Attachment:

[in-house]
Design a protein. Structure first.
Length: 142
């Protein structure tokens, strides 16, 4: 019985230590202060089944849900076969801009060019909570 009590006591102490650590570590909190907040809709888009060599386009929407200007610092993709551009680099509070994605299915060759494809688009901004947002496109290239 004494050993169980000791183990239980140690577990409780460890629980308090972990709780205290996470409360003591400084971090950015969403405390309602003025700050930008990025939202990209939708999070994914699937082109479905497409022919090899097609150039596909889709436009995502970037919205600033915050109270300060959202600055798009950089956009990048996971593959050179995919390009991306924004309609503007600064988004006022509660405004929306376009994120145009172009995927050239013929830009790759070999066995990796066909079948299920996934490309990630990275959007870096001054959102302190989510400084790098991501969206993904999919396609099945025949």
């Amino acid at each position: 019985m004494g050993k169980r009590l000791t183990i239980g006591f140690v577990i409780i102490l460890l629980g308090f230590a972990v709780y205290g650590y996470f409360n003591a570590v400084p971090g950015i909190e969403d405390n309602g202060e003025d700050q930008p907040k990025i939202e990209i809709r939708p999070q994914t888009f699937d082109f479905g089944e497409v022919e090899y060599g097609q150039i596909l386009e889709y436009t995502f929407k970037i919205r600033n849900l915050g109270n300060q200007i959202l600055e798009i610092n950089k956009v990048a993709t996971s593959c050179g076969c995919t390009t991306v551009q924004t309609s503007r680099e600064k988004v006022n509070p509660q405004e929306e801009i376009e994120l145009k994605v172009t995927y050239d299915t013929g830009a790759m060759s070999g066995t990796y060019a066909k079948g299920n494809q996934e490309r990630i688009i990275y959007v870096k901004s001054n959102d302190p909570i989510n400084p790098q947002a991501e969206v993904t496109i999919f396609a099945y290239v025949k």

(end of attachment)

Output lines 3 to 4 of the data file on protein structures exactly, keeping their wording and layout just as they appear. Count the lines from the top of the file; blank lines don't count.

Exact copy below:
Length: 142
């Protein structure tokens, strides 16, 4: 019985230590202060089944849900076969801009060019909570 009590006591102490650590570590909190907040809709888009060599386009929407200007610092993709551009680099509070994605299915060759494809688009901004947002496109290239 004494050993169980000791183990239980140690577990409780460890629980308090972990709780205290996470409360003591400084971090950015969403405390309602003025700050930008990025939202990209939708999070994914699937082109479905497409022919090899097609150039596909889709436009995502970037919205600033915050109270300060959202600055798009950089956009990048996971593959050179995919390009991306924004309609503007600064988004006022509660405004929306376009994120145009172009995927050239013929830009790759070999066995990796066909079948299920996934490309990630990275959007870096001054959102302190989510400084790098991501969206993904999919396609099945025949």